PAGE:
Time to ensure you get all you are entitled to when tax time comes.
Time to ensure you get all you are entitled to when tax time comes. Contributed

Pay less tax, more attention

IT'S early autumn, the birds are singing, the skies are blue, and the mornings are getting cooler.

Naturally, at this time of year, everyone starts to think about tax planning.

Or not.

Seriously though, now is an ideal time to start working towards a plan for minimising your 2012 income tax liability and taking steps to ensure that you can pay whatever is necessary.

One of our national pastimes is avoiding the imposition of income tax - so it surprises me that most people just let their tax affairs ride until it is too late to do something about it.

Unless your financial affairs are very simple (e.g. you're unemployed), tax planning could help reduce your tax payable in one way or another.

Although the ever-expanding tax legislation has been designed to close a number of loopholes, and the Treasurer is threatening further draconian action, there are still perfectly legitimate methods of reducing your taxable income - indeed it is your patriotic duty to do so!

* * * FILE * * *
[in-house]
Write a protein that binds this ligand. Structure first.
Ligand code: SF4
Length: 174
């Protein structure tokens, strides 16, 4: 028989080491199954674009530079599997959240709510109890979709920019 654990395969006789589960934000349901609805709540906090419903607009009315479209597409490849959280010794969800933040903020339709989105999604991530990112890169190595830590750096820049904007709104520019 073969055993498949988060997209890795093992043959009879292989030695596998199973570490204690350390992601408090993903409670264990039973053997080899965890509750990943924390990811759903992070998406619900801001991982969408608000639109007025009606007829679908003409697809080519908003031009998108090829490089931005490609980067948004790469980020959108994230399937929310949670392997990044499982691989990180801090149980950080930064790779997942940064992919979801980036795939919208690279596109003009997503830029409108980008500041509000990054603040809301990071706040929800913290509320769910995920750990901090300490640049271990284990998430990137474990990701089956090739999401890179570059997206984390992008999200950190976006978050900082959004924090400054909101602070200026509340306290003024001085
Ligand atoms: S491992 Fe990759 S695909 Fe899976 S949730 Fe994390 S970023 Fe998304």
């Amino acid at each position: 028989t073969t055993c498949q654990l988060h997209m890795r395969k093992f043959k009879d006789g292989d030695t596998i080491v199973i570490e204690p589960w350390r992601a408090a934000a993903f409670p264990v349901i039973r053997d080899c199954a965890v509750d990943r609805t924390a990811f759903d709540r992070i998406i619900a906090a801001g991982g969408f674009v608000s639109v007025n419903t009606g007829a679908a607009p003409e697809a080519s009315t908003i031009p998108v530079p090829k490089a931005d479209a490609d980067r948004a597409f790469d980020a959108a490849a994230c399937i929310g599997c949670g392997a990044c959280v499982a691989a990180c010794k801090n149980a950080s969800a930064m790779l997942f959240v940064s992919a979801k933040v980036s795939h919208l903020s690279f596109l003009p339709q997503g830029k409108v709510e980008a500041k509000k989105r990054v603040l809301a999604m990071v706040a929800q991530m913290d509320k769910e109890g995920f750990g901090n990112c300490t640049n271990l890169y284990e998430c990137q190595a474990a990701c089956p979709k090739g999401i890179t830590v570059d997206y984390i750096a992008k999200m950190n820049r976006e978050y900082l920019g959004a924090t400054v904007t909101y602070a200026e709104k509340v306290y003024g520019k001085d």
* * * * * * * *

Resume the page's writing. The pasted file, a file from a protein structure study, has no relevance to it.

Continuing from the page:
The important point to remember is: however good your accountant may be, post-June 30 the range of helpful options will shrink significantly.

Depending on your circumstances, options such as prepayment of interest on investment loans, additional superannuation contributions and even restructuring of your business operations can achieve major savings.

As indicated above, the other side of tax planning is to make sure you can pay any tax if or when you are required to do so. Knowing in advance what the end result is expected to be allows you to make the necessary arrangements to accumulate sufficient cash. (The ATO don't take credit cards!)

Your accountant should be able to provide you with a comprehensive analysis of your income position for the financial year and make some recommendations in time to allow you to take the necessary action. If you are in business, the completion of your March BAS is usually an appropriate trigger point.

Of course, you need to do a cost-benefit analysis on your tax planning - if the cost of obtaining the advice is out of proportion to the tax savings.

We can determine if you would benefit from a tax planning review with just a quick phone call.

The peace of mind that comes from knowing that you are not paying a cent more than you have to and having a reasonable estimate of the end result removes some of the stress from the end-of-financial-year excitement.



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